Hon Ken Travers: You do not speed anyway.
Hon FRANK HOUGH: I do not speed, but the radar detector has a tendency to keep me awake. It beeps at various times and makes me aware of my speed. Radar detectors are a very good thing.
Many British police officers, when questioned, said that they support the use of radar detectors. They argue that radar detector users are regularly made aware of both their speed and the police presence, which in turn has a moderating or calming influence on other traffic. Radar detector users are more regularly confronted with their own speed through the false alarm condition of a detector. My radar detector goes off regularly. It makes me look at my speed. When there is a car in front, or a service station or a shopping centre with electronic doors, the radar detector continually beeps. However, when the car passes a Multanova or a radar speed detector, it has a slightly different tone. At times when I have passed a radar speed detector, fortunately I have been within the speed limit.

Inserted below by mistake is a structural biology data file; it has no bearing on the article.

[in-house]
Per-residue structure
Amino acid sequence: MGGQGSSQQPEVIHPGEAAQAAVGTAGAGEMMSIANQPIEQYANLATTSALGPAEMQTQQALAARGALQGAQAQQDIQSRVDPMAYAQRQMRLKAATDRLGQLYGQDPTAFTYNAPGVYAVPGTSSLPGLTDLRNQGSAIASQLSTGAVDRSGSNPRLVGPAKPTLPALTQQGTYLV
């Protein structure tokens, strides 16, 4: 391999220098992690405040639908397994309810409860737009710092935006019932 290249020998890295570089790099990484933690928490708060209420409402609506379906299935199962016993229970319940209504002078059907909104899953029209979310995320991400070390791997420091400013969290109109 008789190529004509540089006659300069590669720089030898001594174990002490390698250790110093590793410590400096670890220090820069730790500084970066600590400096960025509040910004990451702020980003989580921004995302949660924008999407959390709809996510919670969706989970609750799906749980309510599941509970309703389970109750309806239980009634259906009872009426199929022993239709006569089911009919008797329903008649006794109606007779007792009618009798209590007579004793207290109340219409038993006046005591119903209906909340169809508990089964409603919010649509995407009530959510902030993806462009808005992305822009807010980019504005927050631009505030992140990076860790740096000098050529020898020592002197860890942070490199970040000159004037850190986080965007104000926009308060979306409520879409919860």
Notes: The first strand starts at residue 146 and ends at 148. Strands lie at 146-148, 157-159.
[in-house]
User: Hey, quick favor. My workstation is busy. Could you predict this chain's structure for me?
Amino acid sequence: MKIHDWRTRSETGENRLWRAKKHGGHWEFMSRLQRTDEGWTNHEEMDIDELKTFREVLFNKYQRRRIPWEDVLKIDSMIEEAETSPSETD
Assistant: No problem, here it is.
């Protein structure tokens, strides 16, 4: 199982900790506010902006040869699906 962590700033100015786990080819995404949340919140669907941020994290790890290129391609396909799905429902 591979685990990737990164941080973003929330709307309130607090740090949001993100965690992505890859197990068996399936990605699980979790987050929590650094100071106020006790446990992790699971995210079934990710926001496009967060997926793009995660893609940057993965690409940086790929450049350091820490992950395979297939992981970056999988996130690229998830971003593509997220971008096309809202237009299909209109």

The Government should look at radar detectors. The Mori poll survey supports this. After purchasing a detector, 76 per cent of users agree that they have become more conscious about keeping to the speed limit; 59 per cent agree that they have become safer drivers; 78 per cent agree that they are more aware of the speed limit in the areas in which they are driving; and 81 per cent agree that they have become more aware of speed generally. I could go on and on about this, but I will not.
Hon Kim Chance: Only for another five minutes and four seconds.
Hon FRANK HOUGH: I do have five minutes but I will not use them.
It worries me that this is becoming another area of cash-cow-type income for the Government. I guess that one could refer to it as a road tax. Radar detectors are important. If one drives in the country or at night, the radar detector keeps one aware of what is going on. It would be a crying shame for this State to ban or outlaw radar detectors.